Everyone accepts that fitness is vitally important for a child’s well-being. That is why Public Heath England recommends for all 5-15 year olds a minimum of one hour’s moderately intense physical activity every day along with three hours muscle-strengthening a week .

However, latest data suggests children are getting nowhere near this. Currently, as many as 79% of boys and 84% of girls fail to achieve even this minimal amount. Only 8% of 13-15 year old girls reach this level of activity.

The impact on short-term well-being can be seen in the unprecedented levels of childhood diabetes and obesity calculated as 1 in 10 children attending Primary school rising to 1 in 4 in Secondary education.

These activity guidelines are clearly way beyond the reach of many children, so are inevitably failing to have an effect. That is why it is time to re-think how we can motivate children to be active.

Lack of fitness is a major issue, but not the only one. In fact, activity levels in children have pretty much remained the same for the past 20 years. The new danger is our excessive and ever-increasing sedentary behaviour. We now know that sitting down causes our bodies more harm than we ever imagined.

It is unlikely to change. Our ability to invent labour-saving devices remains undaunted. Whilst in a world of screens, phones and desktop technology, we are encouraged to spend even more time immobile.

That goes for children, too. It is now estimated they spend over 6 hours a day in front of a screen and we are not talking just teenagers. A recent study showed children as young as just seven are now highly sedentary.

We are designed to be active. We evolved as endurance hunters, chasing our prey until it was exhausted before killing it. Our ability to keep running outstrips all other animals. We are genetically programmed to move and our body will fight against us if we do not.

Extended sitting therefore is bad for us. After just 20 minutes sat down

– visceral fat forms on our organs
– our heart rate begins to drop
– muscles in our lower body shut down
– our blood circulation slows
– fat-burning enzymes in our gut start to die
– our mental faculties start to wane
– fluid increases in our lower limbs

True it will be in minute amounts. However, think of someone sitting at a desk 8 hours a day, 5 days a week over a 50 week year and the effect is multiplied 6000 times!

Yet simply stand up for a minute or so every 20 minutes and the effect is negated.

We now know that standing up frequently even for a few minutes can make huge differences to our long-term well-being.

For example, in one minute, you use 0.7 calories more standing than sitting. So if you stood up for 3 hours during an 8 hour day when you would normally be sitting, you would use up around 30000 calories a year. That’s enough to run 10 marathons! Your lifespan would be increased by two years too!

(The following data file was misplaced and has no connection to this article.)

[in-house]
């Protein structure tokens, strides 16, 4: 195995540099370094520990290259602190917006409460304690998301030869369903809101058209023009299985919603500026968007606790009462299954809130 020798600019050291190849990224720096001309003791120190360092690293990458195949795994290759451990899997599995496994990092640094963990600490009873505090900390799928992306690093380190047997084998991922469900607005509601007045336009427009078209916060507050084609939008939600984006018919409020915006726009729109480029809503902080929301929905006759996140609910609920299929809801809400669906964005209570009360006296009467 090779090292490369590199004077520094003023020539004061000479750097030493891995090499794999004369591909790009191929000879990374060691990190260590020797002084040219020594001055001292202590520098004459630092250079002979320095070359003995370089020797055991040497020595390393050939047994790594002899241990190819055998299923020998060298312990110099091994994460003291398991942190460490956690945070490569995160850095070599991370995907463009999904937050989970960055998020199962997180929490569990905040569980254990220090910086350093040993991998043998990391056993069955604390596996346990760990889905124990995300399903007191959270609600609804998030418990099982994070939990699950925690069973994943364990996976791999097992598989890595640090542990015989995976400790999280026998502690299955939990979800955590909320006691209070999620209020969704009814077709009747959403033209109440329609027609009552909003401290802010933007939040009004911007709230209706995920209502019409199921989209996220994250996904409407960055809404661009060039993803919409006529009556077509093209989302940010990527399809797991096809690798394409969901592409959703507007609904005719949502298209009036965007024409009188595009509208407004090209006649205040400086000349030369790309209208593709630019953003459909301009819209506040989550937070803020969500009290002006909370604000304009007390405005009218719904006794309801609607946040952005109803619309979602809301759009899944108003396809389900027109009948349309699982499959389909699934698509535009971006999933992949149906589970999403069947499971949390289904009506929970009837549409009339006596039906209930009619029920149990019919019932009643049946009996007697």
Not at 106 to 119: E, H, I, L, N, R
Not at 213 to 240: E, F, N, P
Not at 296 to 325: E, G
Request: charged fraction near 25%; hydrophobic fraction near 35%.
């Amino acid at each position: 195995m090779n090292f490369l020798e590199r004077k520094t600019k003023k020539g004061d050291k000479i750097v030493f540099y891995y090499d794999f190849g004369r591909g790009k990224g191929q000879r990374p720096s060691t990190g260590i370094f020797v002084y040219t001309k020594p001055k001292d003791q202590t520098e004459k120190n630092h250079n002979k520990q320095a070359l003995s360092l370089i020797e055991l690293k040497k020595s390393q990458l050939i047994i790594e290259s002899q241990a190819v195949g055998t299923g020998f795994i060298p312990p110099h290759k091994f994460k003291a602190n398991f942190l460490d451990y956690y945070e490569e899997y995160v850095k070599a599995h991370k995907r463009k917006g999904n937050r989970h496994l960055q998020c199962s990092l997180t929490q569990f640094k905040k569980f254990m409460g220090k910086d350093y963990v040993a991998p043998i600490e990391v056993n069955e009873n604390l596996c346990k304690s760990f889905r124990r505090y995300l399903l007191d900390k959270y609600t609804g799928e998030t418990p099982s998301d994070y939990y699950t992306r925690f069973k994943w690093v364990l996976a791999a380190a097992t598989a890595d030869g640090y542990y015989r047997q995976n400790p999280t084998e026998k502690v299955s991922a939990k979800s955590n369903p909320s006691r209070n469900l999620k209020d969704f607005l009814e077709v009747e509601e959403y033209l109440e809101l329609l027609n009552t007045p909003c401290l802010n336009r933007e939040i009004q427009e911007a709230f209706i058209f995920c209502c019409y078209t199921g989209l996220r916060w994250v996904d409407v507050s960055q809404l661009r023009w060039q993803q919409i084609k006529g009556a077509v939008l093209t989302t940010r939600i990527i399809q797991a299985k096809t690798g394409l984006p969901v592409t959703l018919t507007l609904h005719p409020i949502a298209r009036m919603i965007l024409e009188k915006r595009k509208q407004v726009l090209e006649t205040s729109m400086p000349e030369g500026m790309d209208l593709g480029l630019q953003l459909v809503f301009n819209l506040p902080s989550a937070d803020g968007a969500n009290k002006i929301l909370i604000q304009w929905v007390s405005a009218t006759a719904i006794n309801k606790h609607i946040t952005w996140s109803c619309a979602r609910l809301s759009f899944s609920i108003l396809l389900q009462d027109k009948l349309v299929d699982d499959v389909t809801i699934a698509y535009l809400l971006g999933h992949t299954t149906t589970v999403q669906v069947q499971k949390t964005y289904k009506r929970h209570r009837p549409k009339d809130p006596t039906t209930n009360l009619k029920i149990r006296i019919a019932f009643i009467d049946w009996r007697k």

There are other evidenced benefits to standing up

  • standing up uses up glucose so reducing insulin production (and the associated dangers of diabetes)
  • standing up improves mental health and reduces depression
  • standing up increases energy levels
  • standing up improves concentration and focus
  • standing up regularly reduces back pain and muscle fatigue
  • standing up reduces diabetes and cardio-va
  • standing up increases productivity
  • standing up improves teamwork
  • standing up increases creativity

Remember, too, that this not like a pill intended to combat a single ailment. Regular standing up provides ALL these benefits.

MBBS PhD FFSEM(UK)

Dr Mike Loosemore is a pioneer in promoting the power of exercise in health. As Consultant in Sport and Exercise Medicine (SEM) at the Institute of Sport, Exercise and Health at University College London, he not only treats the general public but advocates exercise as both prevention and treatment of many medical conditions.

He is Lead Sport Physician at the Institute for looking after a wide range of elite athletes, with responsibility for British Boxing as well as senior medical roles at Olympic, Commonwealth, World and European Championships including the recent Glasgow Commonwealth Games.

But is the integration of SEM plays into everyday life that is Mike’s greatest passion. Awarded an Honorary Doctor of Science for his published works and services to this field of medicine, he is leading the task force for ‘Exercise is Medicine’ in the UK of which Active Movement is part.

The programme was not only co-designed by Mike to offer bespoke and practical programmes to improve health and well-being, but clients receive his personal supervision.

Dr Loosemore was awarded the MBE for services to Sports Medicine in the 2017 Birthday Honours.

A new health risk